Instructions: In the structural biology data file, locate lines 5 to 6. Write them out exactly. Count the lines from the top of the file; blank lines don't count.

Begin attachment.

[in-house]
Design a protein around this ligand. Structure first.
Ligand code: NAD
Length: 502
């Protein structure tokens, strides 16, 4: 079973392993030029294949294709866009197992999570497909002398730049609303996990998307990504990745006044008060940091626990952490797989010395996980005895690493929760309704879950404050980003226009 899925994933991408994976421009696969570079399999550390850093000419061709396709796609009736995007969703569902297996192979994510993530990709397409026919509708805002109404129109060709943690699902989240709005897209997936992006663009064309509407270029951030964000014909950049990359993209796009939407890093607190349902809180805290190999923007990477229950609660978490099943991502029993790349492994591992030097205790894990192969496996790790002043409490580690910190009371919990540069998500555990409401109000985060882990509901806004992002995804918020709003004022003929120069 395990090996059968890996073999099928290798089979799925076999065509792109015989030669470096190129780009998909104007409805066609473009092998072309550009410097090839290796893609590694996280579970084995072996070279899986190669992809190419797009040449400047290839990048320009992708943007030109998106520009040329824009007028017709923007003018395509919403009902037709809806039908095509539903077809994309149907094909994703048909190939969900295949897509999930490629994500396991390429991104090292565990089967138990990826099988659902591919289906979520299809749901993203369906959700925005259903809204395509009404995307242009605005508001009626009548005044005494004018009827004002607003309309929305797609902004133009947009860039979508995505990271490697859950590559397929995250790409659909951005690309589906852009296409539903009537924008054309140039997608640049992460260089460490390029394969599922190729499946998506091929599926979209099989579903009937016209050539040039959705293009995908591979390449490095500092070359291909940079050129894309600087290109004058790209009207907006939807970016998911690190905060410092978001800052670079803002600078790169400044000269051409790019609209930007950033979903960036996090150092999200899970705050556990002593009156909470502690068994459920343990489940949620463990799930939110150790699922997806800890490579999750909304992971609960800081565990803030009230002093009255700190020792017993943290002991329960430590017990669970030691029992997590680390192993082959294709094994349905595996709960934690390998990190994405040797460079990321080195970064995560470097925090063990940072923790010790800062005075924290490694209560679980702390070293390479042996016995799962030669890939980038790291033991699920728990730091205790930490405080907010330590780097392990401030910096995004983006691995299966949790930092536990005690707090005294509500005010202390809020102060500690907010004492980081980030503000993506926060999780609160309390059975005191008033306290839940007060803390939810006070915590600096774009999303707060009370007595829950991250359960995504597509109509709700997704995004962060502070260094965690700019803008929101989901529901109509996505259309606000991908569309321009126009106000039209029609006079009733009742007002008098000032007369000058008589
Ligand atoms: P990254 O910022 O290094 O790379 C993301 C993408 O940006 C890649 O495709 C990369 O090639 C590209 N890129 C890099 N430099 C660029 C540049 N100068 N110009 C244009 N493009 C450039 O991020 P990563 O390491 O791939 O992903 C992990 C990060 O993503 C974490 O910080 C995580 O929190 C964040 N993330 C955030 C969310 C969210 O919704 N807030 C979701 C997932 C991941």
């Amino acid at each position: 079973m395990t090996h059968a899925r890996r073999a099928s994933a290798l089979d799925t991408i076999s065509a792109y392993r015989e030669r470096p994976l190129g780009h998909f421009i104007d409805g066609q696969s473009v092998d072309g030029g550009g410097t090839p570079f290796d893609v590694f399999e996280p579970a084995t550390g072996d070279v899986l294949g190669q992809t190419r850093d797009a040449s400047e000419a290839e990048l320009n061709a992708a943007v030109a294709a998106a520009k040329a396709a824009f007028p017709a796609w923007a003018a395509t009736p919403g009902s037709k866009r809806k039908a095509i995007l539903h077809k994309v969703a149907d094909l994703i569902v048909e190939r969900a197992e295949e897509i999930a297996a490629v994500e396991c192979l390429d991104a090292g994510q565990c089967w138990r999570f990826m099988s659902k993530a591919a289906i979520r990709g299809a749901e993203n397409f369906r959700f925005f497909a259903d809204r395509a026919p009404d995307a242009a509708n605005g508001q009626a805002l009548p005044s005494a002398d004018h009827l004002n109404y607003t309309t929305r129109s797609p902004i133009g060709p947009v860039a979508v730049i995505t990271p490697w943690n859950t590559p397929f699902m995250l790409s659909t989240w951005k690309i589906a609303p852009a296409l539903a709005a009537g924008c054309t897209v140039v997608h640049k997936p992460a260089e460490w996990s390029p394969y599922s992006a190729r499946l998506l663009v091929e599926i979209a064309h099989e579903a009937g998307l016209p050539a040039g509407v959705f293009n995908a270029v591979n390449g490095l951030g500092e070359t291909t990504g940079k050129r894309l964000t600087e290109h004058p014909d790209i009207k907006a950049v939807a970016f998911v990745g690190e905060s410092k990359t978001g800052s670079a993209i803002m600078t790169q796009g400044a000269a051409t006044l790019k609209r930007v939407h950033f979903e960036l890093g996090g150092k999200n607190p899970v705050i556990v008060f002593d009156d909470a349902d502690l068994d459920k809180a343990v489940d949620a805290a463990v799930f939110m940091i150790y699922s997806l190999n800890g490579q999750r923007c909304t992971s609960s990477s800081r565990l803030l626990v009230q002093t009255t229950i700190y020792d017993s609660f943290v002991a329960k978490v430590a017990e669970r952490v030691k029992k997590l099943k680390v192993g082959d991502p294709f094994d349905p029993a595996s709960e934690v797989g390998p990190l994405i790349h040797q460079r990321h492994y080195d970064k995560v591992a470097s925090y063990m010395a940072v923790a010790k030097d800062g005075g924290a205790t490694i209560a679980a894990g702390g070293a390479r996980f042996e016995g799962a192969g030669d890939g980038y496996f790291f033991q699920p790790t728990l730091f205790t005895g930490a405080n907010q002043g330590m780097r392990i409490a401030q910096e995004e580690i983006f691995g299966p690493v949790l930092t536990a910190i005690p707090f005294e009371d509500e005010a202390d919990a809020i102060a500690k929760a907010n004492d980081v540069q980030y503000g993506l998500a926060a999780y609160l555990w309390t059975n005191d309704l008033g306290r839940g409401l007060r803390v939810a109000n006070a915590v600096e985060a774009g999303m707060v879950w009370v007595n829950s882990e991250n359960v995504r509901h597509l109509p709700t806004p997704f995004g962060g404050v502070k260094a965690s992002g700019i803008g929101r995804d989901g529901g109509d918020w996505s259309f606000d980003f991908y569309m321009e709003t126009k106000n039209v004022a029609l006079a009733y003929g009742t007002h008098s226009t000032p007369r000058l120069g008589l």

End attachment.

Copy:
């Protein structure tokens, strides 16, 4: 079973392993030029294949294709866009197992999570497909002398730049609303996990998307990504990745006044008060940091626990952490797989010395996980005895690493929760309704879950404050980003226009 899925994933991408994976421009696969570079399999550390850093000419061709396709796609009736995007969703569902297996192979994510993530990709397409026919509708805002109404129109060709943690699902989240709005897209997936992006663009064309509407270029951030964000014909950049990359993209796009939407890093607190349902809180805290190999923007990477229950609660978490099943991502029993790349492994591992030097205790894990192969496996790790002043409490580690910190009371919990540069998500555990409401109000985060882990509901806004992002995804918020709003004022003929120069 395990090996059968890996073999099928290798089979799925076999065509792109015989030669470096190129780009998909104007409805066609473009092998072309550009410097090839290796893609590694996280579970084995072996070279899986190669992809190419797009040449400047290839990048320009992708943007030109998106520009040329824009007028017709923007003018395509919403009902037709809806039908095509539903077809994309149907094909994703048909190939969900295949897509999930490629994500396991390429991104090292565990089967138990990826099988659902591919289906979520299809749901993203369906959700925005259903809204395509009404995307242009605005508001009626009548005044005494004018009827004002607003309309929305797609902004133009947009860039979508995505990271490697859950590559397929995250790409659909951005690309589906852009296409539903009537924008054309140039997608640049992460260089460490390029394969599922190729499946998506091929599926979209099989579903009937016209050539040039959705293009995908591979390449490095500092070359291909940079050129894309600087290109004058790209009207907006939807970016998911690190905060410092978001800052670079803002600078790169400044000269051409790019609209930007950033979903960036996090150092999200899970705050556990002593009156909470502690068994459920343990489940949620463990799930939110150790699922997806800890490579999750909304992971609960800081565990803030009230002093009255700190020792017993943290002991329960430590017990669970030691029992997590680390192993082959294709094994349905595996709960934690390998990190994405040797460079990321080195970064995560470097925090063990940072923790010790800062005075924290490694209560679980702390070293390479042996016995799962030669890939980038790291033991699920728990730091205790930490405080907010330590780097392990401030910096995004983006691995299966949790930092536990005690707090005294509500005010202390809020102060500690907010004492980081980030503000993506926060999780609160309390059975005191008033306290839940007060803390939810006070915590600096774009999303707060009370007595829950991250359960995504597509109509709700997704995004962060502070260094965690700019803008929101989901529901109509996505259309606000991908569309321009126009106000039209029609006079009733009742007002008098000032007369000058008589
Ligand atoms: P990254 O910022 O290094 O790379 C993301 C993408 O940006 C890649 O495709 C990369 O090639 C590209 N890129 C890099 N430099 C660029 C540049 N100068 N110009 C244009 N493009 C450039 O991020 P990563 O390491 O791939 O992903 C992990 C990060 O993503 C974490 O910080 C995580 O929190 C964040 N993330 C955030 C969310 C969210 O919704 N807030 C979701 C997932 C991941």